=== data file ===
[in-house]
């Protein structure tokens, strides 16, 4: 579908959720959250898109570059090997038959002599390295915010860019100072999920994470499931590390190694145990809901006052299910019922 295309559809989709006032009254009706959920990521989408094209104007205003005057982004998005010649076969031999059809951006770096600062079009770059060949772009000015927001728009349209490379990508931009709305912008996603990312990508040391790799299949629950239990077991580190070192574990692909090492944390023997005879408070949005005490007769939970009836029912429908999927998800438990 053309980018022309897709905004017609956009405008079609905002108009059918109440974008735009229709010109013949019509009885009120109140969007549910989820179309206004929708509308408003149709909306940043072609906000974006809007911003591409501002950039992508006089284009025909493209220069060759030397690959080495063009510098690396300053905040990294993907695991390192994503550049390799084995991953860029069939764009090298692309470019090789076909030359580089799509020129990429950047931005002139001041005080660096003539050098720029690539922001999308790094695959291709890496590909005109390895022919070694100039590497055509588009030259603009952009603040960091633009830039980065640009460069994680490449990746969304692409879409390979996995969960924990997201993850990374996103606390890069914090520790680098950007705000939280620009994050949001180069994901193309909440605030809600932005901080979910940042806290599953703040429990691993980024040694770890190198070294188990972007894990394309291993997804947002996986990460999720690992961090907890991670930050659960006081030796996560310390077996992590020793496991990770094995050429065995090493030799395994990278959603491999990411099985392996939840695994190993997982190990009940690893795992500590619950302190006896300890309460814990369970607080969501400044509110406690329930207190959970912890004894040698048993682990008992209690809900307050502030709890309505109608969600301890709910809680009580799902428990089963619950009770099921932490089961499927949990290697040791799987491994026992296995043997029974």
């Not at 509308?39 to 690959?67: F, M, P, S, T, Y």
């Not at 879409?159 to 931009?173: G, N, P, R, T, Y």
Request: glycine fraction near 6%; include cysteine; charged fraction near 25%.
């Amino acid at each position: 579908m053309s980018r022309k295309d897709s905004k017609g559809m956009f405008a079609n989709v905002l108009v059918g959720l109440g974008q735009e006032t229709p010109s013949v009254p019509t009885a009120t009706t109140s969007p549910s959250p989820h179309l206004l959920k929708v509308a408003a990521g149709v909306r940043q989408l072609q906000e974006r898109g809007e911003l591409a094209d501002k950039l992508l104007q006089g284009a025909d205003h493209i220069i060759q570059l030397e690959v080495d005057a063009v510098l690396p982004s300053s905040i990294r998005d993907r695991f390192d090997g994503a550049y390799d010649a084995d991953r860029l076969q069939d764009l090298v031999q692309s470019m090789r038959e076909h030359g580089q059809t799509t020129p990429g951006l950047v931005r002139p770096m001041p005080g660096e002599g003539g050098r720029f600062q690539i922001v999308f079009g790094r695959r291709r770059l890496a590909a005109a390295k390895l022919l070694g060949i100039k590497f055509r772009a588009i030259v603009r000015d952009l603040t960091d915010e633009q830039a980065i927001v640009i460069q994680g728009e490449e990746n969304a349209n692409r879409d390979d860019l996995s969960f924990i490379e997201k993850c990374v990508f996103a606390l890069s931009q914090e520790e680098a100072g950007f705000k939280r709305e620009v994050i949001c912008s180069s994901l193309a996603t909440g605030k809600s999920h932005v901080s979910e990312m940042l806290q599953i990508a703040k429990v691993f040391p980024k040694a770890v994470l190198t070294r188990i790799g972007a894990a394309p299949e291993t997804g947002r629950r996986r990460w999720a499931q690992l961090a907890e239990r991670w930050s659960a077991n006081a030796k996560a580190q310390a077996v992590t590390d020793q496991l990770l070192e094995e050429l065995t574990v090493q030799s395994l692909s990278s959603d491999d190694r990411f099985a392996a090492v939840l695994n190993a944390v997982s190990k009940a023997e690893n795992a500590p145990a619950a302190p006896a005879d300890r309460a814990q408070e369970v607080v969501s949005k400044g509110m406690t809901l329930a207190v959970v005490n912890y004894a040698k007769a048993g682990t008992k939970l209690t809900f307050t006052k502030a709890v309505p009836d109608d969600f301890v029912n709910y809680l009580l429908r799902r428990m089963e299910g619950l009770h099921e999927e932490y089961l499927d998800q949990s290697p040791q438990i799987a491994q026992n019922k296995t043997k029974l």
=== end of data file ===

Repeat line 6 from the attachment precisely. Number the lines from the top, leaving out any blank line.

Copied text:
């Amino acid at each position: 579908m053309s980018r022309k295309d897709s905004k017609g559809m956009f405008a079609n989709v905002l108009v059918g959720l109440g974008q735009e006032t229709p010109s013949v009254p019509t009885a009120t009706t109140s969007p549910s959250p989820h179309l206004l959920k929708v509308a408003a990521g149709v909306r940043q989408l072609q906000e974006r898109g809007e911003l591409a094209d501002k950039l992508l104007q006089g284009a025909d205003h493209i220069i060759q570059l030397e690959v080495d005057a063009v510098l690396p982004s300053s905040i990294r998005d993907r695991f390192d090997g994503a550049y390799d010649a084995d991953r860029l076969q069939d764009l090298v031999q692309s470019m090789r038959e076909h030359g580089q059809t799509t020129p990429g951006l950047v931005r002139p770096m001041p005080g660096e002599g003539g050098r720029f600062q690539i922001v999308f079009g790094r695959r291709r770059l890496a590909a005109a390295k390895l022919l070694g060949i100039k590497f055509r772009a588009i030259v603009r000015d952009l603040t960091d915010e633009q830039a980065i927001v640009i460069q994680g728009e490449e990746n969304a349209n692409r879409d390979d860019l996995s969960f924990i490379e997201k993850c990374v990508f996103a606390l890069s931009q914090e520790e680098a100072g950007f705000k939280r709305e620009v994050i949001c912008s180069s994901l193309a996603t909440g605030k809600s999920h932005v901080s979910e990312m940042l806290q599953i990508a703040k429990v691993f040391p980024k040694a770890v994470l190198t070294r188990i790799g972007a894990a394309p299949e291993t997804g947002r629950r996986r990460w999720a499931q690992l961090a907890e239990r991670w930050s659960a077991n006081a030796k996560a580190q310390a077996v992590t590390d020793q496991l990770l070192e094995e050429l065995t574990v090493q030799s395994l692909s990278s959603d491999d190694r990411f099985a392996a090492v939840l695994n190993a944390v997982s190990k009940a023997e690893n795992a500590p145990a619950a302190p006896a005879d300890r309460a814990q408070e369970v607080v969501s949005k400044g509110m406690t809901l329930a207190v959970v005490n912890y004894a040698k007769a048993g682990t008992k939970l209690t809900f307050t006052k502030a709890v309505p009836d109608d969600f301890v029912n709910y809680l009580l429908r799902r428990m089963e299910g619950l009770h099921e999927e932490y089961l499927d998800q949990s290697p040791q438990i799987a491994q026992n019922k296995t043997k029974l």